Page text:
Novel adenine adducts, N7-guanine-AFB1 adducts, and p53 mutations in patients with schistosomiasis and aflatoxin exposure

Samy L. Habib, Boctor Said, Ahmed T. Awad, Mostafa H. Mostafa, Ronald C. Shank

Resultado de la investigación: Articlerevisión exhaustiva

19 Citas (Scopus)

Resumen

Introduction: The most frequent mutation in human hepatocellular carcinoma (HCC) in populations exposed to a high dietary intake of aflatoxin B1 (AFB1) is a mutation in codon 249 of the p53 gene. Schistosomiasis is known to cause p53 mutation. We hypothesized that the combination of schistosomiasis and aflatoxin B1 increases the incidence of p53 gene mutation. Methods: Liver tissue from 21 patients with schistosomiasis and 5 patients without schistosomiasis were analyzed for occurrence of mutations of the p53 gene and levels of N7-guanine-AFB1 adducts. Results: The presence of mutations in codon 249 of p53 gene was higher in patients infected with Schistosoma haematobium (S. haematobium) than in those infected with Schistosoma mansoni (S. mansoni) or a combination of both strains (p < 0.01), compared to control subjects. No mutations were detected in p53 gene in liver DNA from schistosomiasis-free patients. Significant amounts of N7-guanine-AFB1 adducts and novel adenine-adducts (p < 0.01) were detected in patients with schistosomiasis, mostly in patients infected with S. haematobium or a combination of both strains, compared to control subjects. Conclusion: These data suggest that schistosomiasis and exposure to aflatoxin B1 act synergistically to increase the incidence of p53 gene mutation. The increase in p53 mutations may enhance progression of HCC at an early age in patients with schistosomiasis.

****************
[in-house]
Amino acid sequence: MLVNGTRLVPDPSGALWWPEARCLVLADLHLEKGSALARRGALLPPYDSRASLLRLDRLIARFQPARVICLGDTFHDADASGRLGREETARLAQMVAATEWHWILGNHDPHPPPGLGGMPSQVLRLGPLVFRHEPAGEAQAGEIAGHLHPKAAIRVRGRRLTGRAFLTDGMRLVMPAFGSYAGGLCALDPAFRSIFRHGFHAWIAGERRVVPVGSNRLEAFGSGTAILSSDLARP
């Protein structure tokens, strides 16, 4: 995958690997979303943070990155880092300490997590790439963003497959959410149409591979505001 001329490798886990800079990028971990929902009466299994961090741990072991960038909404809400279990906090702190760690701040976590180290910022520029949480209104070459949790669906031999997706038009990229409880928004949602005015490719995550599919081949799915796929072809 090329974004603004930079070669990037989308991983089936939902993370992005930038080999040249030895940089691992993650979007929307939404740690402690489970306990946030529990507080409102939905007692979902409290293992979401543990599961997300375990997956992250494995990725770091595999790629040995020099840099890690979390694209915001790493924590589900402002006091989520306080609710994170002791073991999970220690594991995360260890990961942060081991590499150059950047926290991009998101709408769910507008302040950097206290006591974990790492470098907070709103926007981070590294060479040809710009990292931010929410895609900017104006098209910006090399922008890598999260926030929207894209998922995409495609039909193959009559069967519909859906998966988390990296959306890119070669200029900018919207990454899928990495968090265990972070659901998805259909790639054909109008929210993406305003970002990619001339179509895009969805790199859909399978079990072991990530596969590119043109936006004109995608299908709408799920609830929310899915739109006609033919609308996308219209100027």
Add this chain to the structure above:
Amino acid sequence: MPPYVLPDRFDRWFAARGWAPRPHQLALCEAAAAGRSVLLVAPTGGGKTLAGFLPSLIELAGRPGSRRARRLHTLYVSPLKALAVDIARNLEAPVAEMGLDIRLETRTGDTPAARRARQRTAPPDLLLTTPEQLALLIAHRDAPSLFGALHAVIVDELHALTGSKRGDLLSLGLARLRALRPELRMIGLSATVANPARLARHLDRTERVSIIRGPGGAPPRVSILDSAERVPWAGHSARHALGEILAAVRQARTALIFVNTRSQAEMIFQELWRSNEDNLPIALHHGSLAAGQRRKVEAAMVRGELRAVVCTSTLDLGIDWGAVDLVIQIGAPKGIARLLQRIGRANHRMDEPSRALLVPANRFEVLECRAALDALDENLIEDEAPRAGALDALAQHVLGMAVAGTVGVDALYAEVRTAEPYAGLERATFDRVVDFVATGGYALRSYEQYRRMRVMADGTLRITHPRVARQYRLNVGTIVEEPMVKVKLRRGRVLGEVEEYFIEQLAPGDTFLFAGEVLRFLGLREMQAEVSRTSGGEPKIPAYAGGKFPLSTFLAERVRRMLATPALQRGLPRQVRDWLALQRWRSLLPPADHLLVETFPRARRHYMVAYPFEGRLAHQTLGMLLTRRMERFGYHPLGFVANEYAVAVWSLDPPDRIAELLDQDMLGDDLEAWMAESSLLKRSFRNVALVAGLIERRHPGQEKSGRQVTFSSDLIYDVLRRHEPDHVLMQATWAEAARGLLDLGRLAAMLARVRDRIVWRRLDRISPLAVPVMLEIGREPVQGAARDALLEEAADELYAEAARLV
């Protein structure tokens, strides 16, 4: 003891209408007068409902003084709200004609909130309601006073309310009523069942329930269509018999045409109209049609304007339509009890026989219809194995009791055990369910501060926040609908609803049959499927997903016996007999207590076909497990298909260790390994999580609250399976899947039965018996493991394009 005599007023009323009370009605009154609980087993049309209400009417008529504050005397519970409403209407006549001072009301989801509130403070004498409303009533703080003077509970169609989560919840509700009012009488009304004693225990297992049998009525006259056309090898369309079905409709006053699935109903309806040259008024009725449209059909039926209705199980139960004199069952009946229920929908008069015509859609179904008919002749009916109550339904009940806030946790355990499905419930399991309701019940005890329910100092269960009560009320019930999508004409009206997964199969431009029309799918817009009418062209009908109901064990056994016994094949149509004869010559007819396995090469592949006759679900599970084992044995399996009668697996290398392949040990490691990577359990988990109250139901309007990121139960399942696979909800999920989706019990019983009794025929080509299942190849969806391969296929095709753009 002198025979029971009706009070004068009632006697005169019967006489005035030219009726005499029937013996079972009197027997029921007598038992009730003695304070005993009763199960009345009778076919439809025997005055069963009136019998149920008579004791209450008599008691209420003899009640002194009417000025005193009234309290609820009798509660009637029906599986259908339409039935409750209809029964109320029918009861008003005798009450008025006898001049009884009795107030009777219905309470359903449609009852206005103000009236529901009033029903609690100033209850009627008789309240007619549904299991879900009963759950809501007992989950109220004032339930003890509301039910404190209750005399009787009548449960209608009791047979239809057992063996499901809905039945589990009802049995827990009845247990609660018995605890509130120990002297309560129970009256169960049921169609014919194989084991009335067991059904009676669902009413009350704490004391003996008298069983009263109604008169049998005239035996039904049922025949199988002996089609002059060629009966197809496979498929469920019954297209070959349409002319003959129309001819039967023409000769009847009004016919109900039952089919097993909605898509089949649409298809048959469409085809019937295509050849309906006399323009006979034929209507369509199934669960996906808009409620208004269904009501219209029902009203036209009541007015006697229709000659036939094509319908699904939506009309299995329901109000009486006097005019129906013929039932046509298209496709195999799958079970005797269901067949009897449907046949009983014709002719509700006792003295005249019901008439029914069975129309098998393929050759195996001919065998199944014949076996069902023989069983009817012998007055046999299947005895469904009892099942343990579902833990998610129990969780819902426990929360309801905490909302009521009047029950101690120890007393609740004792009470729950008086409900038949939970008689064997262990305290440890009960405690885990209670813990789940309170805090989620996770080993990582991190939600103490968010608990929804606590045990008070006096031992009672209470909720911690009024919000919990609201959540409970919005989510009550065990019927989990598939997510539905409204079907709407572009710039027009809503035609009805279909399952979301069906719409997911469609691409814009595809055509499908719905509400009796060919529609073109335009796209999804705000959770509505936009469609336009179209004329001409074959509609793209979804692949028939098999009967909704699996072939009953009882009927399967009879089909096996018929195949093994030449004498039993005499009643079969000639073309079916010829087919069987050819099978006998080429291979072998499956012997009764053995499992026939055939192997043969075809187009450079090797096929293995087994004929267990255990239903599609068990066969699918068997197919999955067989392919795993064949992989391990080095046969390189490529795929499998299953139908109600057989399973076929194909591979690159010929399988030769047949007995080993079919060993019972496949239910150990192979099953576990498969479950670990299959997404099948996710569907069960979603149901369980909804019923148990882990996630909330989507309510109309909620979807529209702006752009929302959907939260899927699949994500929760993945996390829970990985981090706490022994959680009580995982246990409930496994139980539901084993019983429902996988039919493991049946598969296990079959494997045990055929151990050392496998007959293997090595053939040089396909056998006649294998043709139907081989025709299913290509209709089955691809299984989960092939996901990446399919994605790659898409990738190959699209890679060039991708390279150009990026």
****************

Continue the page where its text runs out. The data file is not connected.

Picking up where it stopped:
Idioma originalEnglish (US)
Páginas (desde-hasta)491-498
Número de páginas8
PublicaciónCancer detection and prevention
Volumen30
N.º6
DOI
EstadoPublished - 2006
Publicado de forma externa

ASJC Scopus subject areas

  • Oncology
  • Cancer Research

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